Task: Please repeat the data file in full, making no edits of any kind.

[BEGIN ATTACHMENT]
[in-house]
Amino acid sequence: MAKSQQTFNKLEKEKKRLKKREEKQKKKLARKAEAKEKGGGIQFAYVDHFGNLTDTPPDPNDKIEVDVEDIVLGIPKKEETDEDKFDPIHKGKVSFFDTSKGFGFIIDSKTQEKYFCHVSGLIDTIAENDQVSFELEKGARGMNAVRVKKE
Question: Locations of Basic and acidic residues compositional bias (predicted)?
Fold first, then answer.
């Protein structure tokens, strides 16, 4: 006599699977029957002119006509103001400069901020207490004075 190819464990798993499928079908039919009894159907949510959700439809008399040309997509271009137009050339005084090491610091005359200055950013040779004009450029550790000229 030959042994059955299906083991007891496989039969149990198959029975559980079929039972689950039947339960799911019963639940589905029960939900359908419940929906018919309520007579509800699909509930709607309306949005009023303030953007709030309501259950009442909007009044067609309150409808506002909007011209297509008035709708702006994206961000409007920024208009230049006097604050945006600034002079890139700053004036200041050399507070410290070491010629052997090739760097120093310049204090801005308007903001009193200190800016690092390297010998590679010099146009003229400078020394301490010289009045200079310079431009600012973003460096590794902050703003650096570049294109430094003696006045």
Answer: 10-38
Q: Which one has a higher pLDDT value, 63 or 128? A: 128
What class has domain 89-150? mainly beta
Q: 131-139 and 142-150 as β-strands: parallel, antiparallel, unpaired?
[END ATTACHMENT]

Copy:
[in-house]
Amino acid sequence: MAKSQQTFNKLEKEKKRLKKREEKQKKKLARKAEAKEKGGGIQFAYVDHFGNLTDTPPDPNDKIEVDVEDIVLGIPKKEETDEDKFDPIHKGKVSFFDTSKGFGFIIDSKTQEKYFCHVSGLIDTIAENDQVSFELEKGARGMNAVRVKKE
Question: Locations of Basic and acidic residues compositional bias (predicted)?
Fold first, then answer.
């Protein structure tokens, strides 16, 4: 006599699977029957002119006509103001400069901020207490004075 190819464990798993499928079908039919009894159907949510959700439809008399040309997509271009137009050339005084090491610091005359200055950013040779004009450029550790000229 030959042994059955299906083991007891496989039969149990198959029975559980079929039972689950039947339960799911019963639940589905029960939900359908419940929906018919309520007579509800699909509930709607309306949005009023303030953007709030309501259950009442909007009044067609309150409808506002909007011209297509008035709708702006994206961000409007920024208009230049006097604050945006600034002079890139700053004036200041050399507070410290070491010629052997090739760097120093310049204090801005308007903001009193200190800016690092390297010998590679010099146009003229400078020394301490010289009045200079310079431009600012973003460096590794902050703003650096570049294109430094003696006045």
Answer: 10-38
Q: Which one has a higher pLDDT value, 63 or 128? A: 128
What class has domain 89-150? mainly beta
Q: 131-139 and 142-150 as β-strands: parallel, antiparallel, unpaired?